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And that could become official as early as tomorrow.
Last week, ESPN's Bill Williamson reported that District Attorney Gary Lieberstein left a curiously pointed outgoing message on his answering machine. Lieberstein notes that there would be no new developments regarding Tom Cable's assault allegations last week, but that anyone interested in the case should "check back again in the later afternoon next Monday, Oct. 19."
ProFootballTalk.com cites sources "with knowledge of the investigation" saying that, in fact, the three witnesses present for the alleged jawbreaker are not corroborating assistant Randy Hanson's story that Cable assaulted him. Hanson's account of the incident claimed that the three Raiders assistant coaches present would be verifying his version of events, making this an open and shut case.
If true, the rather shocking 13-9 Raider victory over the Philadelphia Eagles Sunday would be just the beginning of good news for the beleaguered coach.
Looking at a time span of nearly two months since the incident was reported and seeing that charges have still not been brought, ProFootballTalk.com wonders if charges will ever be brought.
"Lock-step corroboration of Hanson's story by three witnesses having no natural incentive to corroborate Hanson's version would have and should have triggered a much quicker decision on whether to charge Cable with assault," says PFT writer Mike Florio, an attorney himself. "Indeed, no deliberation would have been required."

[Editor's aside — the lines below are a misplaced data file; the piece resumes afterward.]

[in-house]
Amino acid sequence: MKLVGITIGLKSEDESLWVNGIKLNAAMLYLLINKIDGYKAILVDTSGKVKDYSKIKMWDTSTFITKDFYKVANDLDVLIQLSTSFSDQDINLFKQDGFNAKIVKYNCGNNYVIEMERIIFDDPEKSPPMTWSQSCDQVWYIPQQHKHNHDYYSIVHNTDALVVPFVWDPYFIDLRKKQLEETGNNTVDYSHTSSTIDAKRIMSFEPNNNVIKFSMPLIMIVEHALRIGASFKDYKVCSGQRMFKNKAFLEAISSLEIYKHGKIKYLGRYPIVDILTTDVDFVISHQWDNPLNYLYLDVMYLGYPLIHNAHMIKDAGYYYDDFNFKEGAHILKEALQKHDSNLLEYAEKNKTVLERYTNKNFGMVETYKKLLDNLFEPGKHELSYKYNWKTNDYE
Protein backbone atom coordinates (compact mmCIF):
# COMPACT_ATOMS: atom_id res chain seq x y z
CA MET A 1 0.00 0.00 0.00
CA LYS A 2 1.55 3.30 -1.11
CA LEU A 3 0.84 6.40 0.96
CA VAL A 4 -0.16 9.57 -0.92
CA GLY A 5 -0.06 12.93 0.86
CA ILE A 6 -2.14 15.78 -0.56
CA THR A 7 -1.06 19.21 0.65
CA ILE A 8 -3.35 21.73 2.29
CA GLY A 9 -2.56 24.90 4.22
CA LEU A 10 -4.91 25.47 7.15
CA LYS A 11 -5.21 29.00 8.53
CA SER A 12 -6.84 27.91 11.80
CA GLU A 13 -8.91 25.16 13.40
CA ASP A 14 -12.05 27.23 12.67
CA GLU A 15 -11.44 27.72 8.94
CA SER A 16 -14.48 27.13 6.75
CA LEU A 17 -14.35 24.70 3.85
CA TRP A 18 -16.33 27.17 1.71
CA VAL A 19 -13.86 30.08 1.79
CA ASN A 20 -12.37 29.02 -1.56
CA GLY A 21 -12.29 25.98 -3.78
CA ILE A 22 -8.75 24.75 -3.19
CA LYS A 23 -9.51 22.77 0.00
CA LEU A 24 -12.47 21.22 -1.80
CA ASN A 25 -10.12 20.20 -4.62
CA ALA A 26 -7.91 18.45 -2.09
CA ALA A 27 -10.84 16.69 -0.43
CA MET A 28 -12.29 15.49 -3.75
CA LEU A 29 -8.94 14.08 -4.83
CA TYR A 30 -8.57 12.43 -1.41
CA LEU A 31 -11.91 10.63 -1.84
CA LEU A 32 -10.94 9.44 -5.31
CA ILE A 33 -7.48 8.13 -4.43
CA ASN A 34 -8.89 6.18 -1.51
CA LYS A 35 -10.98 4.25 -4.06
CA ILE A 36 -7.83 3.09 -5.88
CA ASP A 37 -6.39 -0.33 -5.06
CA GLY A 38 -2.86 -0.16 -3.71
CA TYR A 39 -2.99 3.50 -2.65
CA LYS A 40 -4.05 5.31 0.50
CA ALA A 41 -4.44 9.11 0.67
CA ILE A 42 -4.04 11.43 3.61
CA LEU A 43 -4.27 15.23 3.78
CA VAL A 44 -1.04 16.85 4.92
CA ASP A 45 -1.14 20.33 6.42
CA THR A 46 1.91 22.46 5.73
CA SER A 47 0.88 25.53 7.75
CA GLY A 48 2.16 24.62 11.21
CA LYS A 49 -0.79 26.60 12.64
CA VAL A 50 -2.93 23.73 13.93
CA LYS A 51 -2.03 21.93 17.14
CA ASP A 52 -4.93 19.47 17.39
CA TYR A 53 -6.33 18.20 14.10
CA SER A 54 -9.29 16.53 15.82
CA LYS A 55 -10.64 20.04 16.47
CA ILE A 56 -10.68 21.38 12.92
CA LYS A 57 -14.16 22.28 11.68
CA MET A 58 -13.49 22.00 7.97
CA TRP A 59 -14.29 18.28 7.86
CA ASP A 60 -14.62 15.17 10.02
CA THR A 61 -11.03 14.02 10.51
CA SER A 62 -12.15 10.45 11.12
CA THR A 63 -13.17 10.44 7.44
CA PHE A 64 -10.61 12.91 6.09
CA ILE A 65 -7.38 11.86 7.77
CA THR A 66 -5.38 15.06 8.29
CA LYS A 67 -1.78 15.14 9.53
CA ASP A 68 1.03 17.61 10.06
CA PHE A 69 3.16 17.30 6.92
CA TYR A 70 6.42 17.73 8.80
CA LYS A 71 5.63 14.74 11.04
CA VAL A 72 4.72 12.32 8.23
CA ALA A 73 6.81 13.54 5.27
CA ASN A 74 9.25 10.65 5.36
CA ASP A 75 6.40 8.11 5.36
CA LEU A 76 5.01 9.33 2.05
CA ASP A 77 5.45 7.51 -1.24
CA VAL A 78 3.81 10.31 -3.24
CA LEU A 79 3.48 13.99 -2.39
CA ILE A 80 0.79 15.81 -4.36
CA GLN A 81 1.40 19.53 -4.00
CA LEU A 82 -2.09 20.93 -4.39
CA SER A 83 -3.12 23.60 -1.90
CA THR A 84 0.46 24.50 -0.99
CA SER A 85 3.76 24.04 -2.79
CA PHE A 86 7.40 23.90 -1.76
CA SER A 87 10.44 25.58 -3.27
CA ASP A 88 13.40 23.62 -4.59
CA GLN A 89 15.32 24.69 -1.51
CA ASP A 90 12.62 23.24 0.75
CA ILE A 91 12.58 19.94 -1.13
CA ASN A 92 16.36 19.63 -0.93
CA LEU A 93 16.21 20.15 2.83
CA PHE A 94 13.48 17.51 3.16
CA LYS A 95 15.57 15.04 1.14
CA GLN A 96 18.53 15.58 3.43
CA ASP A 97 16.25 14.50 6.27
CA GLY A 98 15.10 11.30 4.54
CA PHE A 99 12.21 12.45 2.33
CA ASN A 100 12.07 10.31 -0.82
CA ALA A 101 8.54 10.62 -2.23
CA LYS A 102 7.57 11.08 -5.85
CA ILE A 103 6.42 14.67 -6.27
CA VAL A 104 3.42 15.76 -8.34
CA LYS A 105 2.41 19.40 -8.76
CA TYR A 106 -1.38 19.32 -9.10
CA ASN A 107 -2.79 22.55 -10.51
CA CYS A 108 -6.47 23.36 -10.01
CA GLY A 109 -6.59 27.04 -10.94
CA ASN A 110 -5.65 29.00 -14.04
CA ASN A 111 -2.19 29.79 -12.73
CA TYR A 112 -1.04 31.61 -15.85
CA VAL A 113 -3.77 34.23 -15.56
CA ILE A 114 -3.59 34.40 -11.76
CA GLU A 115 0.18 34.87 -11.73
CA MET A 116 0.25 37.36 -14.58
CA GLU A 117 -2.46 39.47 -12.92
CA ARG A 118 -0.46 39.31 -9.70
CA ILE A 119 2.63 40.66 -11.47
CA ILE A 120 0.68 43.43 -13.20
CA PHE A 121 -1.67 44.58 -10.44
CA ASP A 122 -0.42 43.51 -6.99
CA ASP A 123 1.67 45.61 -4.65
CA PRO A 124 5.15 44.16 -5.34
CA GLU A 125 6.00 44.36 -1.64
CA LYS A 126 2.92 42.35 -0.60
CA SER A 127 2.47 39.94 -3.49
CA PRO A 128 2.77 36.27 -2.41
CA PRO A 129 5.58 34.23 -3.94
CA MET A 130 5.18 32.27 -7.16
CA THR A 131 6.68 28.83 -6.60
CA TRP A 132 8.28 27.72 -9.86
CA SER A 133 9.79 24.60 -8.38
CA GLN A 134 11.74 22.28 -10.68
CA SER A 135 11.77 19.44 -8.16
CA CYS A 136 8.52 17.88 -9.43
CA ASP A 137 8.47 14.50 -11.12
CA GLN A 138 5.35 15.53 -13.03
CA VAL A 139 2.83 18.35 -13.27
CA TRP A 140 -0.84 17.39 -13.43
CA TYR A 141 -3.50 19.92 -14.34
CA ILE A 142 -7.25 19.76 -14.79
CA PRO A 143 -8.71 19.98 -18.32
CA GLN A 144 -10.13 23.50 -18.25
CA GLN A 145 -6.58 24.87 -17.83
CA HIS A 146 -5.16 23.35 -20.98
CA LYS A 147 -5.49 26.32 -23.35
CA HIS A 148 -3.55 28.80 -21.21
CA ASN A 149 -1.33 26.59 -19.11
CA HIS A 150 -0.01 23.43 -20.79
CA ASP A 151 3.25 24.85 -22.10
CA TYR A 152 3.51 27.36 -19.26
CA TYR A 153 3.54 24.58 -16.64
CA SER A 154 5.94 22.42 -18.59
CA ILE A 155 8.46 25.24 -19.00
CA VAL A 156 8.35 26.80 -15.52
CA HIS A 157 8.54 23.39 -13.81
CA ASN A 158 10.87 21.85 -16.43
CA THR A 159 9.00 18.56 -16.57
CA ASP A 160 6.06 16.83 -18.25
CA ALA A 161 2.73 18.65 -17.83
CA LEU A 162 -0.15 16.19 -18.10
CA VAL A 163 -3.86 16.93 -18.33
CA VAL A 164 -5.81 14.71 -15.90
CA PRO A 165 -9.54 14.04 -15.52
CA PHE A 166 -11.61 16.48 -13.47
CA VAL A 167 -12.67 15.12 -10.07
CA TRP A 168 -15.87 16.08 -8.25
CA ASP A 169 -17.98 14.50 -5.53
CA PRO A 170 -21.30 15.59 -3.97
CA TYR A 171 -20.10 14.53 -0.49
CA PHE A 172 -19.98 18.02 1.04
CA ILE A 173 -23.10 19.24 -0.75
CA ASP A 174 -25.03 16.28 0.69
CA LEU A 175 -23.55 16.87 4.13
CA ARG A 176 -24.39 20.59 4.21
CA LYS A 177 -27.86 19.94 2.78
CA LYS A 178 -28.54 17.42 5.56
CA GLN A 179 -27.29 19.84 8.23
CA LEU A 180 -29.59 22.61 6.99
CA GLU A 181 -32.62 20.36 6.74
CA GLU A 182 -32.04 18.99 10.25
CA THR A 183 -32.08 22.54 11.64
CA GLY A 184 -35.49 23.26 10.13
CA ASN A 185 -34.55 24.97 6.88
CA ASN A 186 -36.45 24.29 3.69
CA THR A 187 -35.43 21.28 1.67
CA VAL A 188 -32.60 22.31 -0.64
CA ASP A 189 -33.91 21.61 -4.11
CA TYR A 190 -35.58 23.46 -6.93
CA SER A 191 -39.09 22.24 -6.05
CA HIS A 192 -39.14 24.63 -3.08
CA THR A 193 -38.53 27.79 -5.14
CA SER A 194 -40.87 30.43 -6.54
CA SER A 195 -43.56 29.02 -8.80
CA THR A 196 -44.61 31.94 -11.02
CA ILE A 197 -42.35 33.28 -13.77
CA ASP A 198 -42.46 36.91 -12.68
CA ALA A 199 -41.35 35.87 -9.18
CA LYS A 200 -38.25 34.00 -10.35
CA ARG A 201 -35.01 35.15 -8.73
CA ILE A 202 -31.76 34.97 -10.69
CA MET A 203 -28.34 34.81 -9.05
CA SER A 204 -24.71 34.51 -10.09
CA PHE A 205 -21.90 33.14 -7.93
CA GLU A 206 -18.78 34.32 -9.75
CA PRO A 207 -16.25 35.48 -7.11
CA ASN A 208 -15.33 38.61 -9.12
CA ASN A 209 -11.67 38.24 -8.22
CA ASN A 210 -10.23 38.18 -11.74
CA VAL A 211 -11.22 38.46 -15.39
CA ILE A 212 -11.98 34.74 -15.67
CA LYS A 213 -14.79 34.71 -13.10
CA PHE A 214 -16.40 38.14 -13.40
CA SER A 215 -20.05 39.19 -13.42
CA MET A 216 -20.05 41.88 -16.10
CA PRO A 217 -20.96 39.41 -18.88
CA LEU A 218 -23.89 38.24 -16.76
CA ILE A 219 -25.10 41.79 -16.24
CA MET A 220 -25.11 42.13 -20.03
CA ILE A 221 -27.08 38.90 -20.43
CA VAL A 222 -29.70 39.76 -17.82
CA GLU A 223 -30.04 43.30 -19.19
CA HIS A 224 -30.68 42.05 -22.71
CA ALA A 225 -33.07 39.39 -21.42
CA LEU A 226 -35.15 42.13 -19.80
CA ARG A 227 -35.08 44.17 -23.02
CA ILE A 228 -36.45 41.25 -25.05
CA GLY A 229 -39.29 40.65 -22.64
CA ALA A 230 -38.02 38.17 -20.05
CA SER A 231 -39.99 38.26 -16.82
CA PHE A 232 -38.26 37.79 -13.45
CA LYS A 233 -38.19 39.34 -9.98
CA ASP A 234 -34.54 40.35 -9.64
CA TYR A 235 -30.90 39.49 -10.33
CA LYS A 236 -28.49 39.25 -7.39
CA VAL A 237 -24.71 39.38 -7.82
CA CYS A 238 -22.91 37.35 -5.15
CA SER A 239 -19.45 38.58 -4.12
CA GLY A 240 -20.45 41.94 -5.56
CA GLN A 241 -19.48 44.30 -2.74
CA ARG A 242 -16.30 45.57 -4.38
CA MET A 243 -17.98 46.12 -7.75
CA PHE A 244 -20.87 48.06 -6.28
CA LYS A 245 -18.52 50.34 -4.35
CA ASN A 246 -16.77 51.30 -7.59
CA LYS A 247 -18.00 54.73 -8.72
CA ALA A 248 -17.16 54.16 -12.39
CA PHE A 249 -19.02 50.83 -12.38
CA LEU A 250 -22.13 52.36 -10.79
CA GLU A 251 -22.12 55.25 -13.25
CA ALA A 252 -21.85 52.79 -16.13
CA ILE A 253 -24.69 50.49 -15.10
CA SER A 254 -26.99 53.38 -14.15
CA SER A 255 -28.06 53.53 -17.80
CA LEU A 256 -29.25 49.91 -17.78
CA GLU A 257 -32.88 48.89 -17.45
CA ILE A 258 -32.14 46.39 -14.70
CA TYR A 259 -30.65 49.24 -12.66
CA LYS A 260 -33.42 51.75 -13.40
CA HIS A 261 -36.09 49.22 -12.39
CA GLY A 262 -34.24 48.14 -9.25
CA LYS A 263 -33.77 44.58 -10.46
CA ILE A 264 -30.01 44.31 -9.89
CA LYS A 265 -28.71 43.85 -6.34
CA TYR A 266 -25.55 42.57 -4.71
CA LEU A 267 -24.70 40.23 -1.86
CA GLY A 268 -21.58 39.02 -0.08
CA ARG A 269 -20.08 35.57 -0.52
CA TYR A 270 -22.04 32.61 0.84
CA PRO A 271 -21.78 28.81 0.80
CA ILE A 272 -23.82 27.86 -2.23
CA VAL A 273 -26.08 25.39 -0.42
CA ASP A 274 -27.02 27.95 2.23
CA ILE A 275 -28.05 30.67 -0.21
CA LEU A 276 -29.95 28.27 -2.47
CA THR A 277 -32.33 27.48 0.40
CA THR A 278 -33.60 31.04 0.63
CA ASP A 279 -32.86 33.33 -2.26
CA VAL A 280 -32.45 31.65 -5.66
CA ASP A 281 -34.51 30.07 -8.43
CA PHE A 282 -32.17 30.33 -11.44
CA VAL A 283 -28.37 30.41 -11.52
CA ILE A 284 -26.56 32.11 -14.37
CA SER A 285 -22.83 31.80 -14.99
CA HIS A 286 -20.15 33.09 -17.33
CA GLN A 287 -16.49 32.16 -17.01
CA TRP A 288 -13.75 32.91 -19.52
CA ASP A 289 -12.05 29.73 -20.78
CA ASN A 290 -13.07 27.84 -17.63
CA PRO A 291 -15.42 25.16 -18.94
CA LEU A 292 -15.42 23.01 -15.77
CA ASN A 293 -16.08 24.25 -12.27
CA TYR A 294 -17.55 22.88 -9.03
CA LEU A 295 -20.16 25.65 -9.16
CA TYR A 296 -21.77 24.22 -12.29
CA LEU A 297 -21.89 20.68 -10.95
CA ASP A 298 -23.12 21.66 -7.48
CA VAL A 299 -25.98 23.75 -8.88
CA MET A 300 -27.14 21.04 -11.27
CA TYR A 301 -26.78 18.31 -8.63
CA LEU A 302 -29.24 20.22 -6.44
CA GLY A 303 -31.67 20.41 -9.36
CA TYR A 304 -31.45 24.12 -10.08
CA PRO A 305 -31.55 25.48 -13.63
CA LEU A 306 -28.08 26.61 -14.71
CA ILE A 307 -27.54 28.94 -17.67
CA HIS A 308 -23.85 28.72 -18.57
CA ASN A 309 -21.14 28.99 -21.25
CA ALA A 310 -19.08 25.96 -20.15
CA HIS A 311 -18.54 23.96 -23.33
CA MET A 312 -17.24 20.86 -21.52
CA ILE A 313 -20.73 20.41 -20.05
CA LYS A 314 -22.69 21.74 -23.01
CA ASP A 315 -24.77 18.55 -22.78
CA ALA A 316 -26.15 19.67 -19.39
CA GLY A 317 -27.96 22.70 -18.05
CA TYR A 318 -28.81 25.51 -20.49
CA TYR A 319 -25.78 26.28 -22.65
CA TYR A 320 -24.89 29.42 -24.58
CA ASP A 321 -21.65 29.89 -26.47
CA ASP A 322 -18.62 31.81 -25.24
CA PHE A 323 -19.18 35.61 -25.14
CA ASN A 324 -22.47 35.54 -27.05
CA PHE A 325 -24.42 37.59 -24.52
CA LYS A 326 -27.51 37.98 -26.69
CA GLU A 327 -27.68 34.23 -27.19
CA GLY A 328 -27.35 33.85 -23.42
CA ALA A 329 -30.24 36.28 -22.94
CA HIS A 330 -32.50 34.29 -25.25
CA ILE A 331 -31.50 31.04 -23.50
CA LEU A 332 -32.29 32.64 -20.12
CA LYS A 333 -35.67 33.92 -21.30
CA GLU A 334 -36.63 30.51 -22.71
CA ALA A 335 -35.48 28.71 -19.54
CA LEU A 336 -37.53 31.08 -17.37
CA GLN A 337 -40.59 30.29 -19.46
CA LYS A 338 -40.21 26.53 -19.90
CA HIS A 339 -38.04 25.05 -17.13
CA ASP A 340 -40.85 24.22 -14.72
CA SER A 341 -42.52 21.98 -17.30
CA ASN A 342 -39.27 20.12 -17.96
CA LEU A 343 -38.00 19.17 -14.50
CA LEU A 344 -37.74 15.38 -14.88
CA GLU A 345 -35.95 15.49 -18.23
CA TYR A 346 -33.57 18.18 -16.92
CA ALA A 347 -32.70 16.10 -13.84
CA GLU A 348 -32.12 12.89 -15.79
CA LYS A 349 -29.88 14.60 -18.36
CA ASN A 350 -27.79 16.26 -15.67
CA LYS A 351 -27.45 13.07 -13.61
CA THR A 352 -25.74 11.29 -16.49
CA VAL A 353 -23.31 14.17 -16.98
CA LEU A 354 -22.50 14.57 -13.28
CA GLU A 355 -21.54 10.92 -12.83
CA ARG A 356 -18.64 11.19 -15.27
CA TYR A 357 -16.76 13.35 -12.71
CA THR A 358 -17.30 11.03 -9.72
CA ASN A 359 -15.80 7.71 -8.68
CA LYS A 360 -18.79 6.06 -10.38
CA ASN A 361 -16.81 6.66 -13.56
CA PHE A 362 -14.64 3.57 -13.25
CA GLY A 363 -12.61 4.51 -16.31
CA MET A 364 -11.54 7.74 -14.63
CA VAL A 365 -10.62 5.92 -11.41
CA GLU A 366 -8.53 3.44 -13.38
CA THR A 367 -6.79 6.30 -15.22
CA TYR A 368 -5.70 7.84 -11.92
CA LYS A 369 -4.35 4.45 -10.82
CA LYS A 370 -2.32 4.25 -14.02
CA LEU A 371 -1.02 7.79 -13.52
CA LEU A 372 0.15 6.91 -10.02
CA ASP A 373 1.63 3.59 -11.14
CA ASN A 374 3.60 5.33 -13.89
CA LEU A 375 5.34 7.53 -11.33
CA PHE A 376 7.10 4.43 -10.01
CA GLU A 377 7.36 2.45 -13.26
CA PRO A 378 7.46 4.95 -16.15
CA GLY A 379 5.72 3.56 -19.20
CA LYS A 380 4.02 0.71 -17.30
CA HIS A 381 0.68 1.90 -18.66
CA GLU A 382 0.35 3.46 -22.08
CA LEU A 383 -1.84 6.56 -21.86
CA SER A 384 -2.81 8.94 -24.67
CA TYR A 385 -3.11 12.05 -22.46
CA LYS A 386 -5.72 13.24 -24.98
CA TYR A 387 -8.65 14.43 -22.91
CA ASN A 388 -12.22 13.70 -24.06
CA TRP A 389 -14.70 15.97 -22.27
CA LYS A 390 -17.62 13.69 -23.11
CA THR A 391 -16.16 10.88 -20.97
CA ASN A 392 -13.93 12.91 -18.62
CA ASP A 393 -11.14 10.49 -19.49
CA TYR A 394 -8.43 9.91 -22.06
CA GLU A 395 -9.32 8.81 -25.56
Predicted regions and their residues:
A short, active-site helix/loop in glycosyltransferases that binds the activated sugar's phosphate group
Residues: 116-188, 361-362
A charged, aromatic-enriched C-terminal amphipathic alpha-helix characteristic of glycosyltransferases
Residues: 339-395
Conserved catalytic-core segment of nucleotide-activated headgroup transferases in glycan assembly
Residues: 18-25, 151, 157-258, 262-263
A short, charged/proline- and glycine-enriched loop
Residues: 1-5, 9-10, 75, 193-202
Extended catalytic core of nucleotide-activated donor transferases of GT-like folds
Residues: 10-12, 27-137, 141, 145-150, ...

"We're told by a source with knowledge of the investigation that the three assistants did not corroborate Hanson's story," Florio writes, "And that as a result charges are not expected to be filed against Cable."
If criminal charges are not brought against Tom Cable, it's not necessarily a letdown for Randy Hanson. Hanson is likely saving his gunpowder for the civil case against Cable, because that's where the settlement check would come from. "We have no idea whether charges will be coming," McGuinn told the NFL Network, sounding not at all concerned about the criminal charges. "That will strictly be determined by the police and the DA's office. We have no input."
But avoiding criminal charges would get Tom Cable off the hook with the NFL. The league seems to be taking its cues from the Napa Police Department. Commissioner Roger Goodell told the Associated Press that the NFL is "allowing the criminal process to go forward for some period of time" before rendering their judgment.
If the criminal process exonerates Cable, the NFL is likely to do the same.
So take heart, Raiders fans! Your 2-4 coach with the lowest-scoring offense in franchise history may be completely secure in his job!